The commentators 31-07-15
While thousands of refugees tried to enter the channel tunnel on Tuesday night, the Home Office had another crisis on its hands. Fred, 24, climbed on to the roof of a London detention centre and threatened to jump. He was about to be deported to Sierra Leone, a country he left when he was 11, and somewhere that our Foreign Office advises against all but essential travel. People are threatening to take their lives, and families are being torn apart, all because of their uncompromising stance. Is that, as well as Britain's response to those in Calais, really as “good as it could be”?
- Phil Miller, The Independent
The migrant crisis at Calais is a story of human misery, war-torn and broken states and European denial. It speaks to a world in which advanced nations have lost the will, and some of the capacity, to prevent and resolve conflicts. Their politicians will not find an answer by drafting in more police or building higher fences.
- Philip Stephens, Financial Times
Shornecliffe barracks in Folkestone is the base for the 700 soldiers of 2nd Royal Gurkha Rifles. Folkestone is where the Channel Tunnel emerges - I’m sure the Home Secretary must know this already. So why not ask a few Gurkhas to stroll up the hill and help the Border Agency search incoming lorries? More could be sent through the tunnel to support Border Agency staff on the French side. Would it really be that much trouble to mobilise them?
- Kevin Hurley, Daily Telegraph
I do not think the British army is going to be deployed in Calais because it is a very bad idea. Even if any military presence were to be required, it would plainly be less incendiary and more practical to use French troops; in any case, it is not clear why men whose primary responsibility is to kill the enemies of the British state would be more appropriate an expeditionary force than a large contingent of police officers, for example. And the idea that the French should cheerfully accept such an incursion doesn’t stand up to the simple test.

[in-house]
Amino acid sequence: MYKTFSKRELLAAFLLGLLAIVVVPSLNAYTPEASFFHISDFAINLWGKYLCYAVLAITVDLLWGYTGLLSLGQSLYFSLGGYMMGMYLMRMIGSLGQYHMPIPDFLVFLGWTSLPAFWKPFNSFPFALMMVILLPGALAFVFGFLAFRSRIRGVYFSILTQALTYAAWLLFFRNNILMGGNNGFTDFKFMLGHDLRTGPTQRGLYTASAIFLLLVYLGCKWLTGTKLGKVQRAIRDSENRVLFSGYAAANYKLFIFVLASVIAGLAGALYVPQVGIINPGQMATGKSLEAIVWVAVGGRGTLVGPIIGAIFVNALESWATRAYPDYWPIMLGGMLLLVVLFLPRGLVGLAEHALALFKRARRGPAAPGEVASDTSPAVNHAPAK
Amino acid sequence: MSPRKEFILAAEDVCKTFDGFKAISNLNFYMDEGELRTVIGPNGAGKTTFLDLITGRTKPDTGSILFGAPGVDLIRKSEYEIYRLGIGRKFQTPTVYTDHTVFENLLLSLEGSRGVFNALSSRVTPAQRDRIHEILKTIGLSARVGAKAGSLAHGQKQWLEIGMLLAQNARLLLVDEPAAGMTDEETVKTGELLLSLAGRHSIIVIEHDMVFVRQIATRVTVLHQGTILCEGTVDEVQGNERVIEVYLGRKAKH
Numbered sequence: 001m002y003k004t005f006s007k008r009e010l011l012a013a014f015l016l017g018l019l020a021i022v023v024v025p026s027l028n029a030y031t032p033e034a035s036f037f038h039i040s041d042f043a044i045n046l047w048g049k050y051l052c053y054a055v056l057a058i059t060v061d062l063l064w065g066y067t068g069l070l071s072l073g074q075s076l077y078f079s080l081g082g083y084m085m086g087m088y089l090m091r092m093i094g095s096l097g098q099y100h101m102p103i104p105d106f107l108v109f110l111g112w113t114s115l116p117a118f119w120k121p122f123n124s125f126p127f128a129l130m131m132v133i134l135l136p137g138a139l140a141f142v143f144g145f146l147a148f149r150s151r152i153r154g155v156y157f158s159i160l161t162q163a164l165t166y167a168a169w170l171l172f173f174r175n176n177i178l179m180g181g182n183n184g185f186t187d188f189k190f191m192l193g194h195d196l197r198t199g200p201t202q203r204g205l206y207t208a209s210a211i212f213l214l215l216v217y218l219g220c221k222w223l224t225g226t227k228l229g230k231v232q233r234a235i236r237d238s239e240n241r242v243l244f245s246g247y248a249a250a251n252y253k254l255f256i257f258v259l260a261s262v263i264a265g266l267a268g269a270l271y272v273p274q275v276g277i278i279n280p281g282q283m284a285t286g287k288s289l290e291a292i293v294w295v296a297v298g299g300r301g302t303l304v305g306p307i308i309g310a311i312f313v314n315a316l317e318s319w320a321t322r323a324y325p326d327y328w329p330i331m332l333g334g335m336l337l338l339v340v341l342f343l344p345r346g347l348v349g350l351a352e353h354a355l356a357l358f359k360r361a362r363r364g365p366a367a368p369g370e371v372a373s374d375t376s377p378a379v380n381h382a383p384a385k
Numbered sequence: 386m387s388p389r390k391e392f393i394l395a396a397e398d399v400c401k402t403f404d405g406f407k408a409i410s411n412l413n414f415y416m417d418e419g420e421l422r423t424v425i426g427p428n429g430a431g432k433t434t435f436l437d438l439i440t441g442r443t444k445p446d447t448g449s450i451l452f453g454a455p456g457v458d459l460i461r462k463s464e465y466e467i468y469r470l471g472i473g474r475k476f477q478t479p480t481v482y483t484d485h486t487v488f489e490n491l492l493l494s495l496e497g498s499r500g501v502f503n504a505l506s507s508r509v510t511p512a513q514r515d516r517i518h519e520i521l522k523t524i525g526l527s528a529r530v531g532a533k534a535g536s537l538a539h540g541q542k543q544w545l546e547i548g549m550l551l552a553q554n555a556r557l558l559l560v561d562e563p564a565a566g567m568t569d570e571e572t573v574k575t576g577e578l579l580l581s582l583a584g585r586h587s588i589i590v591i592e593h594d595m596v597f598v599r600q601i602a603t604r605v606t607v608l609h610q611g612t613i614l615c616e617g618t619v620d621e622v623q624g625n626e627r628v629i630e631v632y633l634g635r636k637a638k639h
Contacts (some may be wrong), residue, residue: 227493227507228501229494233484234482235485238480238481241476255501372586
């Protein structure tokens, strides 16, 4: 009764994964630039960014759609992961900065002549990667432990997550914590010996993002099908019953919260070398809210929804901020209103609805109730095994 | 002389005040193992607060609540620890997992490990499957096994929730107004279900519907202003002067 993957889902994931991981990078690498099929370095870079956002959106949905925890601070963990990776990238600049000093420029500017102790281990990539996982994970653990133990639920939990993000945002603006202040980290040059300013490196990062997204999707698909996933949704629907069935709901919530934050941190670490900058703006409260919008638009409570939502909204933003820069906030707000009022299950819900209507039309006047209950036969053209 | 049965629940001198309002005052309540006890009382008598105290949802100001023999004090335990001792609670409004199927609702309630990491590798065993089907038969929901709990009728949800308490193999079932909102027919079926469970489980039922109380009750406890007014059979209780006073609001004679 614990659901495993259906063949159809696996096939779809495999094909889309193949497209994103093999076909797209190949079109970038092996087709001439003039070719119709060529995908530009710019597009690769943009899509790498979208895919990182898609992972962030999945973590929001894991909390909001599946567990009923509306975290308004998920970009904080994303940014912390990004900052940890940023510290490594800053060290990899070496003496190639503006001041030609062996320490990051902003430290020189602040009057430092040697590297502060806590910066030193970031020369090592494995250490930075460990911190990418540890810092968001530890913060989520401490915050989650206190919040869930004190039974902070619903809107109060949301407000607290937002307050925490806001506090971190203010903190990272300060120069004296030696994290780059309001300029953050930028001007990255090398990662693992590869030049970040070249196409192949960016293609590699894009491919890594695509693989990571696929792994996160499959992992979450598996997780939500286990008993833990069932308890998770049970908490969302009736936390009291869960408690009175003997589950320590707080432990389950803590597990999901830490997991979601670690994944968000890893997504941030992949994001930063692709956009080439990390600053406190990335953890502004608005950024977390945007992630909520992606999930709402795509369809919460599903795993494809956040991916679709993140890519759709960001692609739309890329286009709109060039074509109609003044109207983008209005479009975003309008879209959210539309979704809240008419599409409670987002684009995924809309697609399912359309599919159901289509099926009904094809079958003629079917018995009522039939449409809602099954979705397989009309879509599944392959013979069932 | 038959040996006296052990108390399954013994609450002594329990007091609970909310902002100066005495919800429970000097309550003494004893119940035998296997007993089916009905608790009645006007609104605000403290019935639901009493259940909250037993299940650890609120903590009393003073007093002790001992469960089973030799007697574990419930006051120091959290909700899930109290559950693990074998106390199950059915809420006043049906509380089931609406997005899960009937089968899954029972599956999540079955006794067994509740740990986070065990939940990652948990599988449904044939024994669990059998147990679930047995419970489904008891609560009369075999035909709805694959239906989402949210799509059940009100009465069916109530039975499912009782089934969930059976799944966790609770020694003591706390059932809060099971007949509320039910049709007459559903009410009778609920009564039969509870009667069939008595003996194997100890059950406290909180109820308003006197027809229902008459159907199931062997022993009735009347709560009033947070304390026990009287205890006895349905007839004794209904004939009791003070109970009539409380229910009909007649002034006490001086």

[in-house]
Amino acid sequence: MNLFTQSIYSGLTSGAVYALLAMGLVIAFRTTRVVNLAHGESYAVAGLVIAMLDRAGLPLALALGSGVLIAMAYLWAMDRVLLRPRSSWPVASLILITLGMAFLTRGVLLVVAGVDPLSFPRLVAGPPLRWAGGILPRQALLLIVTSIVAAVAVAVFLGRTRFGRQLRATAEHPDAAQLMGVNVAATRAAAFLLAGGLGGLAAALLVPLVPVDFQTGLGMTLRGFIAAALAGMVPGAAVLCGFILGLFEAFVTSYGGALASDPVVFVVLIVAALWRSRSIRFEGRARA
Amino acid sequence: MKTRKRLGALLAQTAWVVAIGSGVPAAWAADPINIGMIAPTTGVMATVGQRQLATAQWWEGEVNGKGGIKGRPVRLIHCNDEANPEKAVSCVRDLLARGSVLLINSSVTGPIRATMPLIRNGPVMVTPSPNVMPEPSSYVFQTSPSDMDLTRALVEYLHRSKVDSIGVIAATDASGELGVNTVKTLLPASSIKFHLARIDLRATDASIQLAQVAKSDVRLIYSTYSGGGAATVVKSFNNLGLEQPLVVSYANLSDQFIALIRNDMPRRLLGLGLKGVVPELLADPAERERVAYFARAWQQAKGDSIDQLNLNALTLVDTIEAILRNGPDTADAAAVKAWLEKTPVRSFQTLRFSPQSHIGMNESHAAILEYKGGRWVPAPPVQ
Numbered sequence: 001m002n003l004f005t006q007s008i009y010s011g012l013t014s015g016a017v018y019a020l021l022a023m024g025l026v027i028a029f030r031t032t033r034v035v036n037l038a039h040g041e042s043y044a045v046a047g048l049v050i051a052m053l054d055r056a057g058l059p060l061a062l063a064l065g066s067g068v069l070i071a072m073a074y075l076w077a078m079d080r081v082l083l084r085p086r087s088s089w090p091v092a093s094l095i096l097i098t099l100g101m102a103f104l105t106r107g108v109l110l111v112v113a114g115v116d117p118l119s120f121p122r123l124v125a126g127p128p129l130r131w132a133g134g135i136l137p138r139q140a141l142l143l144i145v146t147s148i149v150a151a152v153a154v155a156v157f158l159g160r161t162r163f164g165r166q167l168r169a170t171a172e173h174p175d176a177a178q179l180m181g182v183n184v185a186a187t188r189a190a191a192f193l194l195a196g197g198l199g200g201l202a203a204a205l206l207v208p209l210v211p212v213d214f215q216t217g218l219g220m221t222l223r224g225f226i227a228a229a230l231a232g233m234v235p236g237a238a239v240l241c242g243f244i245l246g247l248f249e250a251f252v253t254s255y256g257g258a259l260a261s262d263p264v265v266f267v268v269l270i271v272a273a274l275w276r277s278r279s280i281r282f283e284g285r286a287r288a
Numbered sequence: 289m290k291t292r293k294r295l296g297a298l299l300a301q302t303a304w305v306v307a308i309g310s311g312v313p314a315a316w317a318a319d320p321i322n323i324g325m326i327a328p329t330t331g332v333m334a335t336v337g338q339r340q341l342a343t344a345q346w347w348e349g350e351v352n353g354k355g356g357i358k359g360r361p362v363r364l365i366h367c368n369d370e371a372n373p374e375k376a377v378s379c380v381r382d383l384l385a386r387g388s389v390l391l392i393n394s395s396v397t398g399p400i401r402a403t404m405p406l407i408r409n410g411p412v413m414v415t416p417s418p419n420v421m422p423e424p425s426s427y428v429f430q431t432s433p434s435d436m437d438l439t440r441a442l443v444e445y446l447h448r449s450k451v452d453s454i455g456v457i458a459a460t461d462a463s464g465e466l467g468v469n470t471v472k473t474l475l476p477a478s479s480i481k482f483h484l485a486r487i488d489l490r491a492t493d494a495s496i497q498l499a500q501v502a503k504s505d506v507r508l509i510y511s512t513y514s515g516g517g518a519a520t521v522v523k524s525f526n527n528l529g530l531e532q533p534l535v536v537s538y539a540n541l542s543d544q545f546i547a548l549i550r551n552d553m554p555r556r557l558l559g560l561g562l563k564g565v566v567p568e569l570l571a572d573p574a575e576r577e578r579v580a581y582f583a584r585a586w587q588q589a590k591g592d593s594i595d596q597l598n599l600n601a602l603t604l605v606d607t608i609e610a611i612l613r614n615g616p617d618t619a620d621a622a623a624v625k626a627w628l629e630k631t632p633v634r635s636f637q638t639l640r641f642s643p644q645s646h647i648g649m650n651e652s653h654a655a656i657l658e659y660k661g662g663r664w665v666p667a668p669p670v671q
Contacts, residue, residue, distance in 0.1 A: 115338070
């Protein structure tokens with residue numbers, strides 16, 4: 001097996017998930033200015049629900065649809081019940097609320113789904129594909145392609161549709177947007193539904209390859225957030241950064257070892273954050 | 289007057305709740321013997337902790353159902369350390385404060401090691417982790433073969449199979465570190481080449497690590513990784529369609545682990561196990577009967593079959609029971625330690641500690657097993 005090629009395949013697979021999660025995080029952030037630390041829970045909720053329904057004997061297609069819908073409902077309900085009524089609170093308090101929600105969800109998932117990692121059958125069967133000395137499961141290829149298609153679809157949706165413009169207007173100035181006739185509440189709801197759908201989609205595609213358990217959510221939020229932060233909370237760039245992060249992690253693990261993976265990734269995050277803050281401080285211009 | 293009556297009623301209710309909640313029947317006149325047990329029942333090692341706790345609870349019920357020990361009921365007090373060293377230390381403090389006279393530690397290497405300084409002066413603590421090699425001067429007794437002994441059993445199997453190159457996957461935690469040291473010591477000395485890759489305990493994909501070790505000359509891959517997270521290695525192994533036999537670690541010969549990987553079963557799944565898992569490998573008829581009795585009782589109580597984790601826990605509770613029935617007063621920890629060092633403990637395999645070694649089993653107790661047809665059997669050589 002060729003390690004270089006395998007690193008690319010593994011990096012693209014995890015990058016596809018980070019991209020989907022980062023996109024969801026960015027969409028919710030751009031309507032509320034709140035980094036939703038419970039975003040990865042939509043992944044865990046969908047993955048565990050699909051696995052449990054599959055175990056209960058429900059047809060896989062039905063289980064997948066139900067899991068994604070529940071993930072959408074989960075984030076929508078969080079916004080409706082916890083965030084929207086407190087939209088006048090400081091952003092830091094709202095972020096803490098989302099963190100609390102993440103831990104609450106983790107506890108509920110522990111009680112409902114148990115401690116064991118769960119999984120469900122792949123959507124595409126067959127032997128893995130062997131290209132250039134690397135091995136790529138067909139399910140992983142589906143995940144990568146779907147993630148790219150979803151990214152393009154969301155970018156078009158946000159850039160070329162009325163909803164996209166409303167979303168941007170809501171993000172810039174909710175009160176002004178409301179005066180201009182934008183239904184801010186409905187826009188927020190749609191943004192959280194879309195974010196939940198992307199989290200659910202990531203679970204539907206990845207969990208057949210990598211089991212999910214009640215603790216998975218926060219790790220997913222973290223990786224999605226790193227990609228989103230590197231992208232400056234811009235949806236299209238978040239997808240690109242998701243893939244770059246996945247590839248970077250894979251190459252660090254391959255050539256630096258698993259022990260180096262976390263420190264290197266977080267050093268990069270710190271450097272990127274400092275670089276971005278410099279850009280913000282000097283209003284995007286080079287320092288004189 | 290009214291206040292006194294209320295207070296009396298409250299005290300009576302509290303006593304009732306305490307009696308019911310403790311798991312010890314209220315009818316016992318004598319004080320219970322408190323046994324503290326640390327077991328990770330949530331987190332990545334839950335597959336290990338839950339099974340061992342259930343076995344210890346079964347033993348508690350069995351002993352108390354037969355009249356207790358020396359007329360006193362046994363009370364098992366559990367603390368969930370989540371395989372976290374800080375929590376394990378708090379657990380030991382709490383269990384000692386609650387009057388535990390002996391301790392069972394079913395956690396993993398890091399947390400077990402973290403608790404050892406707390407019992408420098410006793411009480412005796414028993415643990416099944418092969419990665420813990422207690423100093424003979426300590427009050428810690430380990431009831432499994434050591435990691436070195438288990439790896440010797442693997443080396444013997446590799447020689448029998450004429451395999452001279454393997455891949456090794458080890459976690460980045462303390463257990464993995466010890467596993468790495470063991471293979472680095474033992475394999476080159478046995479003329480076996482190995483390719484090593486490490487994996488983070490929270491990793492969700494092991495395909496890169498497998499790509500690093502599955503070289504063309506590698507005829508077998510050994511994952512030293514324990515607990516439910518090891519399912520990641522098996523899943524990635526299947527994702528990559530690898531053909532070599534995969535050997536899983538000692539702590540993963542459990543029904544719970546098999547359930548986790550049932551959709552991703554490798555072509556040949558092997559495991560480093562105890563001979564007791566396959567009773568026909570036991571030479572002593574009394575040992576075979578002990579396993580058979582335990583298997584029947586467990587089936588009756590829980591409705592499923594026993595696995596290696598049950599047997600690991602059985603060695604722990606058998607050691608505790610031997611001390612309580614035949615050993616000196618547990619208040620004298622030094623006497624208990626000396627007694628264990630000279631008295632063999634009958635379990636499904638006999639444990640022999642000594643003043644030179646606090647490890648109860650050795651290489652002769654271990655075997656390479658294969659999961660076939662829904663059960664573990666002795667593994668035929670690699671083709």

- Archie Bland, The Guardian
In the name of harmonisation and free movement, we have been left defenceless. Without the EU’s removal of borders across Europe, the migrants would never have reached Calais in the first place. Calais should be the place where European civilisation makes a stand against its own destruction. If our rulers continue to wring their hands over immigration, we are doomed
- Leo McKinstry, Daily Express
The only reason this case from Shoeburyness reached the public consciousness was because someone mentioned age. That turns out to have been a side issue, and we shall probably never know the full story. That may be right and proper, a family's private traumas should not be aired for public entertainment.
But if women are being coerced into signing away the right to look after their children when they are not mentally fit, in order that councils can meet adoption targets - as the grandparents' lawyer and MPs suggest - then we need to know.
The journalists covering this story have fallen for the clickbait angle and missed the real issue.
Editor's blog: Grandparents' tale of woe
Comment archive, 2015
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